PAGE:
One replied, “Do you still want to meet, or just reschedule?”

My reply: “I wouldn’t miss it. Been thinking about ravioli all day.”

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Your Intrepid Dining Correspondent takes in Mardi Gras.

Your Intrepid Dining Correspondent takes in Mardi Gras.

Those of you who are my Facebook friends will have to just bear with me, as you’ve seen these photos already. Believe me, they represent meals that were good enough they’re worth revisiting.

Flew to New Orleans on a Wednesday for a Thursday evening event, solely to give myself time to amble about the city and hit some of my favorite restaurants. Which I promptly did for a late lunch on Wednesday, hooking up with some friends to go to Dragos.

Now, there is nothing that will get folks riled up about New Orleans cuisine faster than espousing a specific restaurant as the home of the best oysters in town. I’ve had Felix’s and I’ve had Acme’s, I’ve had Deanie’s. I’ve not had Casamento’s, which I know gets lots of nods. But I am here to tell you, it would be real hard to find any oysters better than those at Drago’s. The big seafood restaurant on the ground floor of the Hilton in downtown NOLA has a massive array of seafood choices, and it’s real hard to go wrong with any of them, but my preference is the chargrilled oysters.

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Aaaaaaaahhhhhh. Tamales!

January 20, 2017

History, tradition, soul food and damn good stuff, all in one dish.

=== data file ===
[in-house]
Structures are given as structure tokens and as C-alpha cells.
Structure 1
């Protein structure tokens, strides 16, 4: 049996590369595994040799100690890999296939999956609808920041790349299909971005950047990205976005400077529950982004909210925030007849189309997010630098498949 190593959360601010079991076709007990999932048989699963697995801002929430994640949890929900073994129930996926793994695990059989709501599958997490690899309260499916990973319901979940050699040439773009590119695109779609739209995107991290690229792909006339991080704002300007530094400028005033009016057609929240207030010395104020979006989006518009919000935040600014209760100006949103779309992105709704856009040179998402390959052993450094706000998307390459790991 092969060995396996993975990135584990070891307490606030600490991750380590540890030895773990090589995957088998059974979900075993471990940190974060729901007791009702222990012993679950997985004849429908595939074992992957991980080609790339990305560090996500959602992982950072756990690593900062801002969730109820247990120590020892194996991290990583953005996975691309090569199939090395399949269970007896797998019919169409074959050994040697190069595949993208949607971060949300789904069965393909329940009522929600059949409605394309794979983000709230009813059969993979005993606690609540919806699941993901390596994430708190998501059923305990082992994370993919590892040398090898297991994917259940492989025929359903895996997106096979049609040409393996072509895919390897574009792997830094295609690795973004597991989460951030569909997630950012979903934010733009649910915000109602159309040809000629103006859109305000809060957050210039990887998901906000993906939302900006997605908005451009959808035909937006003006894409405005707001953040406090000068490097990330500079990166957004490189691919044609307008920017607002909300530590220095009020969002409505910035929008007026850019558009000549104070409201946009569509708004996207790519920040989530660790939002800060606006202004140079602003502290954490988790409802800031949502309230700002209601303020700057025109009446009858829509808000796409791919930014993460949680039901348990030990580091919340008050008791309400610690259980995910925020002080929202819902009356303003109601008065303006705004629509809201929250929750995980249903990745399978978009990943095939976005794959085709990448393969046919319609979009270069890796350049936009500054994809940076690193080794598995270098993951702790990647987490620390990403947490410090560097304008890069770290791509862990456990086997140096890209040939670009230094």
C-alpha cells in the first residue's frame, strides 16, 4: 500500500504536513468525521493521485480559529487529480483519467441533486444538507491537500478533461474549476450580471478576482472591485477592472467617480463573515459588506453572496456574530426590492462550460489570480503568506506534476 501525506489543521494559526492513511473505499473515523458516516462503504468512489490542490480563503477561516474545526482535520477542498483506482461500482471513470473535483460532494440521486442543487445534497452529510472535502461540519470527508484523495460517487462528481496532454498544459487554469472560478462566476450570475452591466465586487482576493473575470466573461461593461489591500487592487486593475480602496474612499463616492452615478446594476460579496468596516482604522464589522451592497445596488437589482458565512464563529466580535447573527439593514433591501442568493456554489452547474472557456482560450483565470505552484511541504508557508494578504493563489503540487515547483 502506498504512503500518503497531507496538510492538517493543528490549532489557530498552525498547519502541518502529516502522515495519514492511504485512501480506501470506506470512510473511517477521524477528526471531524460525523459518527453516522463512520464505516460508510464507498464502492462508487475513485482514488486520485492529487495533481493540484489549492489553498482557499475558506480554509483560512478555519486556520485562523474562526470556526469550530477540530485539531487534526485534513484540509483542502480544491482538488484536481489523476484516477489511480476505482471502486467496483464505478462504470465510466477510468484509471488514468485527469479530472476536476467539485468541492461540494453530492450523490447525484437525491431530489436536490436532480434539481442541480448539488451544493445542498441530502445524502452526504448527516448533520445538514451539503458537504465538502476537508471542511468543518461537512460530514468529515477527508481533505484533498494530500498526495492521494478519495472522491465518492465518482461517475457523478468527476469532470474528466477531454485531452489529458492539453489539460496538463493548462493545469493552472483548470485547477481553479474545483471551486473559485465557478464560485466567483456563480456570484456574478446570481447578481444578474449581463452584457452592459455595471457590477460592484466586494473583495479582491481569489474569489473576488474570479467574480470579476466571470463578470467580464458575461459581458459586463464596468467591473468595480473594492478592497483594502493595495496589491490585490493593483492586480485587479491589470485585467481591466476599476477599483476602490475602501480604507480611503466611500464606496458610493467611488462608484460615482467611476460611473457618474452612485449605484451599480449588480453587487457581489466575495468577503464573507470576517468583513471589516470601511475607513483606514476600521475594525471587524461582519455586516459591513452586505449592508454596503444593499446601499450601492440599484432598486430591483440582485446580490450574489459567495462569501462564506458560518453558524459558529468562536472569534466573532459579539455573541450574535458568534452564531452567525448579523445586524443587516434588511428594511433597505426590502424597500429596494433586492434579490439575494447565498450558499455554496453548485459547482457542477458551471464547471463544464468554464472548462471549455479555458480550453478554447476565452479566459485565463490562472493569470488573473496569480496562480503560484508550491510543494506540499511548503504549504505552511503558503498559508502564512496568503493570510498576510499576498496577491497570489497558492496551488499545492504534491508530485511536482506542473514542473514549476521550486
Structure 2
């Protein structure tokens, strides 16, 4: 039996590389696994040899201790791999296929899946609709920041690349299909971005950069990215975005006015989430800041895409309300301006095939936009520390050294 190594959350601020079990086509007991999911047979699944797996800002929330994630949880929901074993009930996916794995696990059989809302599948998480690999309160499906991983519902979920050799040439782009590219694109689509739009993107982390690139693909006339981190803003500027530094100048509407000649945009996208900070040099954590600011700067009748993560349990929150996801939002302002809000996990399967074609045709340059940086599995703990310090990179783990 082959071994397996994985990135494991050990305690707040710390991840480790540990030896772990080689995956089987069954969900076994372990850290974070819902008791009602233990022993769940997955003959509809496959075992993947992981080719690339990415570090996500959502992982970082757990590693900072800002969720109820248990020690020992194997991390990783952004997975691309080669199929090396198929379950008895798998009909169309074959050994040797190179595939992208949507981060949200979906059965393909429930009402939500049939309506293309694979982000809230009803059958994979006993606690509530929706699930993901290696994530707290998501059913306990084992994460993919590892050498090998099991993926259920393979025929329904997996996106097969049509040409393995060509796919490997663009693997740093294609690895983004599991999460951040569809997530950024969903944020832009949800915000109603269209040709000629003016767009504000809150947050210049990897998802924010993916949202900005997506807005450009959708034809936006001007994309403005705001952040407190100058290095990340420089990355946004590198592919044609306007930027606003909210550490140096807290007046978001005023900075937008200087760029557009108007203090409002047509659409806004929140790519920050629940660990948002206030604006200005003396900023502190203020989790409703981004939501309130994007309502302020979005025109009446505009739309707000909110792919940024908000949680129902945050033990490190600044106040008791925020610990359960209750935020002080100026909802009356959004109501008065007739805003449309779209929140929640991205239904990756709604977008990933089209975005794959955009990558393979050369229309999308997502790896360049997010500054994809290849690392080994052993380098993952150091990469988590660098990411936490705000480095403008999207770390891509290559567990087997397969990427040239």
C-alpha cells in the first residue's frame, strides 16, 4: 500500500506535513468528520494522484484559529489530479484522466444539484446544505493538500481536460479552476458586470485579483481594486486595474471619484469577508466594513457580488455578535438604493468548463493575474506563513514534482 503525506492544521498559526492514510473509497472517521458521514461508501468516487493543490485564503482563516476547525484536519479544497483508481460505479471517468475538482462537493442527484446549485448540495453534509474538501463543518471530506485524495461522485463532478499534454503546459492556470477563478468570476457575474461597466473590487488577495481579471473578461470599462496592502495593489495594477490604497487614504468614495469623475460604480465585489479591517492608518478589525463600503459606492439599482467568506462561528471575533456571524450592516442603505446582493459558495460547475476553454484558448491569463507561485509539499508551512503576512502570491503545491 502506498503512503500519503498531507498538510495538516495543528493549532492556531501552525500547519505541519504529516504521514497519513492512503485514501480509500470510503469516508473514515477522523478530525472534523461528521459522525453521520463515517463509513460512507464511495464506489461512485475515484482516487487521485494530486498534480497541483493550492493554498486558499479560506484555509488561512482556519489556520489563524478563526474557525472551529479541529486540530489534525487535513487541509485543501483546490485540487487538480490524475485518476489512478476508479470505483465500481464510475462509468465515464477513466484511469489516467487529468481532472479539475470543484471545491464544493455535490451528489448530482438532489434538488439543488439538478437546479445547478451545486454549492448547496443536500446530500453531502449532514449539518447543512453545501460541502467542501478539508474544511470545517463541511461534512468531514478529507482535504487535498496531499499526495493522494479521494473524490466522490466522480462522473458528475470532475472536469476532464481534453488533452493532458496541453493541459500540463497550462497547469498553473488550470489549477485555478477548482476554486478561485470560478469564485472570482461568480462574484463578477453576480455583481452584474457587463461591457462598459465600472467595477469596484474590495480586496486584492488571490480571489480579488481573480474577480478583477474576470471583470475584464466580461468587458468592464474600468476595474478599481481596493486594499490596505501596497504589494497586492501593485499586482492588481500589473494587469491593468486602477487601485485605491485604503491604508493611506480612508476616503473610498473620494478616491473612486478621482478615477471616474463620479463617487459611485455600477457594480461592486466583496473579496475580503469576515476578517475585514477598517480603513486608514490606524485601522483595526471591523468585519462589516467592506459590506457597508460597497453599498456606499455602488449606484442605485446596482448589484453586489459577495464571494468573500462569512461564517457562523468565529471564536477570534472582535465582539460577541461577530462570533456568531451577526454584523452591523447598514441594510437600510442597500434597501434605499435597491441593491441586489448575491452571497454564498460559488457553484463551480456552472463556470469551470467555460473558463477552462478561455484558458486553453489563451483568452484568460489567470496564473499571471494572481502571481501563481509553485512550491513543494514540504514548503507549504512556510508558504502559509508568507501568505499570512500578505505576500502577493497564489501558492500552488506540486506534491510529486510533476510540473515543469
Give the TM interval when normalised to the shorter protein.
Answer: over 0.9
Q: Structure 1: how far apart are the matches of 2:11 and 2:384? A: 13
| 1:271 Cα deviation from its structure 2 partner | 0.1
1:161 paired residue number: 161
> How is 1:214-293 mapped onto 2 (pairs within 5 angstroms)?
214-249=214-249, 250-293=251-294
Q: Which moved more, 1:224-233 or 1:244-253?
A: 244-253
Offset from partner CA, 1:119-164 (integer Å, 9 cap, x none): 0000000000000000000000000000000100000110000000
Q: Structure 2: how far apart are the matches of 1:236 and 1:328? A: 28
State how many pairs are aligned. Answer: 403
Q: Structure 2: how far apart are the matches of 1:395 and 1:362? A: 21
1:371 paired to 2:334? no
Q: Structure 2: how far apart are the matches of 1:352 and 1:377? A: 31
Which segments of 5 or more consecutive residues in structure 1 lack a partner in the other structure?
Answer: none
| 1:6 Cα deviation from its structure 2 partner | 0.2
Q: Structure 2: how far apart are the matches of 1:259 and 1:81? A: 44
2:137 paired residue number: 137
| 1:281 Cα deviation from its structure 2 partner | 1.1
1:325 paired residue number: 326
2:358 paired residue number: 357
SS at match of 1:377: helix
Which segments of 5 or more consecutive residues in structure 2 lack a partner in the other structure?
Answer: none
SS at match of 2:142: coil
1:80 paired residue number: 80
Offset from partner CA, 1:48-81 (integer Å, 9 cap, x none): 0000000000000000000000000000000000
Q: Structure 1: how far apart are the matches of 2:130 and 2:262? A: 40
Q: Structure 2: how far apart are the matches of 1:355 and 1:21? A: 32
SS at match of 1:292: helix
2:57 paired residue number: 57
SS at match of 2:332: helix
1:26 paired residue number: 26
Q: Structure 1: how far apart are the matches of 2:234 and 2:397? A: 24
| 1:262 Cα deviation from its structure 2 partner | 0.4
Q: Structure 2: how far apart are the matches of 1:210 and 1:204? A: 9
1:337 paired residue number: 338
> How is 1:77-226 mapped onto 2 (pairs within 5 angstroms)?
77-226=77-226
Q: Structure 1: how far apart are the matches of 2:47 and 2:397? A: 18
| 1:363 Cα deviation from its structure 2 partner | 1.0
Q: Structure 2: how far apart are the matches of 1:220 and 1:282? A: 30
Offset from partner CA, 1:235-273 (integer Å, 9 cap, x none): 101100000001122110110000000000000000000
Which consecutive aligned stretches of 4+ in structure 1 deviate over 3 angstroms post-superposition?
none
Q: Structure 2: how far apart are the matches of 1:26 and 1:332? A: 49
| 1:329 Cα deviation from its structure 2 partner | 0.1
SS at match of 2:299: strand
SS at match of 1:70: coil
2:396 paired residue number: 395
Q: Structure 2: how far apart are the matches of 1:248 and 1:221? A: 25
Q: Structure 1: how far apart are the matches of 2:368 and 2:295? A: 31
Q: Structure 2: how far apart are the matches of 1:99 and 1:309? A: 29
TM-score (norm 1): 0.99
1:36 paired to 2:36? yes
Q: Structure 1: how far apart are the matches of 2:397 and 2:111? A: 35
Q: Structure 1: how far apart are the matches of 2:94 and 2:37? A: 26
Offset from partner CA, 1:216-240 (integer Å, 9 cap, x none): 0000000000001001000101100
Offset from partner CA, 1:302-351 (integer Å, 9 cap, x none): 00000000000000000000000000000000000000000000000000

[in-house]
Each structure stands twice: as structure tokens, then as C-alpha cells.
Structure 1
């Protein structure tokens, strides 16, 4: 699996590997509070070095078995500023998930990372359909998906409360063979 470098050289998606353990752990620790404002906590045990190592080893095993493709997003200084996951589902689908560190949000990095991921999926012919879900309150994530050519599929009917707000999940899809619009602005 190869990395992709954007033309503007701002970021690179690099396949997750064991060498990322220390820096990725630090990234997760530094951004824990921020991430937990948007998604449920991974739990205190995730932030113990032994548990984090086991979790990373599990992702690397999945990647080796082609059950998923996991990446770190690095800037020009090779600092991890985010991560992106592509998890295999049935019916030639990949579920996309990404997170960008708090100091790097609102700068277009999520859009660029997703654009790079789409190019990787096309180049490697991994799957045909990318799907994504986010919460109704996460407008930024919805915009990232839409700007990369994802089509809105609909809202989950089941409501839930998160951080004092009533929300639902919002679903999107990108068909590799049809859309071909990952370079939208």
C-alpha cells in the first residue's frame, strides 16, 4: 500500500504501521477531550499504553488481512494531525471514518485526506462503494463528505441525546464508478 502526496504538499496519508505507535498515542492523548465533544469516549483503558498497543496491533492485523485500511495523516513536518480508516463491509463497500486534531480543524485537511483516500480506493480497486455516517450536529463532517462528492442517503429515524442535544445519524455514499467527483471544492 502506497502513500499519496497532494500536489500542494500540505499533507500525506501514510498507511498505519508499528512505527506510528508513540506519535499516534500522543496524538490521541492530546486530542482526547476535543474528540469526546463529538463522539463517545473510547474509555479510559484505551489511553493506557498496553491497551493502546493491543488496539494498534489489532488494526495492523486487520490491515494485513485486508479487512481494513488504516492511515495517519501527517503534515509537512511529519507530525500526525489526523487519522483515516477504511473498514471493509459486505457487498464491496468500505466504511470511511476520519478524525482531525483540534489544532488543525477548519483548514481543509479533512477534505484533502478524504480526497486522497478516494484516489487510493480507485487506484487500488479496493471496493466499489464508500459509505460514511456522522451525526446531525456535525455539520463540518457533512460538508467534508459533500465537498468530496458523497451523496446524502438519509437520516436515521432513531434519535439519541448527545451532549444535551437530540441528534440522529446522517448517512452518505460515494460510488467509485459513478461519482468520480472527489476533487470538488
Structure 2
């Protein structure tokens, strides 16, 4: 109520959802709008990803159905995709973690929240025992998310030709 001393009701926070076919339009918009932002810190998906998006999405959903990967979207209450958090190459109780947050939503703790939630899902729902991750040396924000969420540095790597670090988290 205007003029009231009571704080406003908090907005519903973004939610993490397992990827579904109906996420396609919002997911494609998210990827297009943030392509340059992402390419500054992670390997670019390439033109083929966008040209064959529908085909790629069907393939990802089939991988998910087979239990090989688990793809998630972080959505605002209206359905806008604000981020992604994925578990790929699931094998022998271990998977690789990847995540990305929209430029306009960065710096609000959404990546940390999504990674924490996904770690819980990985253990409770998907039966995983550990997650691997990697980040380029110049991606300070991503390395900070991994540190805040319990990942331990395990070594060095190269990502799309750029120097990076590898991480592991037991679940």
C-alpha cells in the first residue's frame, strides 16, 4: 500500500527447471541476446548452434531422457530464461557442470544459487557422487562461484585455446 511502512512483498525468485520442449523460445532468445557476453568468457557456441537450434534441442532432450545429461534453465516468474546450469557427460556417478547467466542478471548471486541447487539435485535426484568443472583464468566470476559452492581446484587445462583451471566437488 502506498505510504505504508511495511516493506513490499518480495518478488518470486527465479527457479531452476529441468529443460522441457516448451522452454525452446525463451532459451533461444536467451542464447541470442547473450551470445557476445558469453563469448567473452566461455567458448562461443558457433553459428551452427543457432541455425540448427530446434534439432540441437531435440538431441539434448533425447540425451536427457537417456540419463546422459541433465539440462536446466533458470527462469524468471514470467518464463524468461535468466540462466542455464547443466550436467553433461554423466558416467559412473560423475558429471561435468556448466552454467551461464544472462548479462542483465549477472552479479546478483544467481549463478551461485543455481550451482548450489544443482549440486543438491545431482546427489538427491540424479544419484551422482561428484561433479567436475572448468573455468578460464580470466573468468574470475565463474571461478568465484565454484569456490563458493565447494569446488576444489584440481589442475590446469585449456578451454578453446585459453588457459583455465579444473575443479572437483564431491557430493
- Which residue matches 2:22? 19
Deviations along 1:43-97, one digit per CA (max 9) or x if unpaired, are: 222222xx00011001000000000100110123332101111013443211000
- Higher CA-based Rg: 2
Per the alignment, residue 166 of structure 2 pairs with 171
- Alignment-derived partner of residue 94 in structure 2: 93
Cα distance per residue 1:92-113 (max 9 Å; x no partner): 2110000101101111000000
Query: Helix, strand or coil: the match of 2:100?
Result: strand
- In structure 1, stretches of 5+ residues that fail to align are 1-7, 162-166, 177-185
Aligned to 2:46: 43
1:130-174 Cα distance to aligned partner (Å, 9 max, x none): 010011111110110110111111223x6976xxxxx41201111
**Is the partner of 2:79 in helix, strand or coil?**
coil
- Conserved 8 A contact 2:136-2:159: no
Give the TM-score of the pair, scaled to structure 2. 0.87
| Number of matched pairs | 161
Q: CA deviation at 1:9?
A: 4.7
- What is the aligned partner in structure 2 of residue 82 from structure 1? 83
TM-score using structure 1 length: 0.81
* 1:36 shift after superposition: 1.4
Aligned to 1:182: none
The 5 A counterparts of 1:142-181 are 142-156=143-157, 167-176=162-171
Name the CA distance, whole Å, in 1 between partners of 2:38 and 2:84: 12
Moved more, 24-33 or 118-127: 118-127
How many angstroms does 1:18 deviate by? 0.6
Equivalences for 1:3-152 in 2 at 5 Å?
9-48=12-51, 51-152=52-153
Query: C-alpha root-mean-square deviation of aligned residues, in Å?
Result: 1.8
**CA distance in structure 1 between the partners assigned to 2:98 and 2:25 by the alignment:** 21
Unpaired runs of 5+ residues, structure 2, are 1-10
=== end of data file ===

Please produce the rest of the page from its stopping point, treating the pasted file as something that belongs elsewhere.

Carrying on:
History, tradition, soul food and damn good stuff, all in one dish.

Business took me to the old river town of Helena, Arkansas, today, where I spent a worthwhile day, not least because on the way home, we spied a Pasquale’s Tamales food truck.

And that was the name of dinner tonight.

Mississippi River Delta tamales are a long tradition, one whose beginnings are lost. They were part of the fabric of everyday life in the 1930s, when Robert Johnson put voice to the hard work and poverty of the sharecroppers, in what came to be called the blues. It’s thought they may have dated back to the Mexican War, when Southerners traveled south to fight at Vera Cruz and Chapultapec, or they may have originated as a way for slaves to take a midday meal to the field, to stop briefly and eat in between chopping or picking cotton.

Tamales were poor folks’ food. Cornmeal, lard and the scrappy cuts of pork were cheap.  For years, they were “soul food,” found mostly at African-American diners and church dinners.  For a time, there was a friend of a fellow employee who came by with tamales for sale once a week or so, fishing them out of a big water-bath canner in the trunk of her car. And they were a mainstay of black church fundraising dinners; I became known for frequenting the ones which turned out, in my estimation, the best tamales.

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And I forgot to bring a cookbook for an autograph!

And I forgot to bring a cookbook for an autograph!

Well. I’m back from NOLA, where a large time was had by all. Notably, I got to meet John Besh (Restaurant August, Luke, Best Steak, Domenica, Borgne, La Provence, Willa Jean, Johnny Sanchez, Shaya, and he plans to open eight more in the next two years!). More notably, dumbass that I am capable of being, it did not occur to me to get a copy of his newest cookbook and bring it for him to autograph. Fail.

Had a couple of good meals, but not exceptional. We ate one night at Desire Oyster Bar, because it was close and we were exhausted. I had a seafood Louis salad, which was full of shrimp and lump crabmeat in a nice remoulade, and it hit the spot after an eight-hour drive. The next night, we went to Antoine’s, but I wasn’t overly hungry, having eaten something at lunch that didn’t sit especially well, so I ate from the appetizer menu and had shrimp and crab au gratin. That’s so rich, in that gorgeous bechamel with lots of cheese, that the appetizer was plenty. Not to mention it was not so heavy but what I could eat about half of a creme caramel for dessert.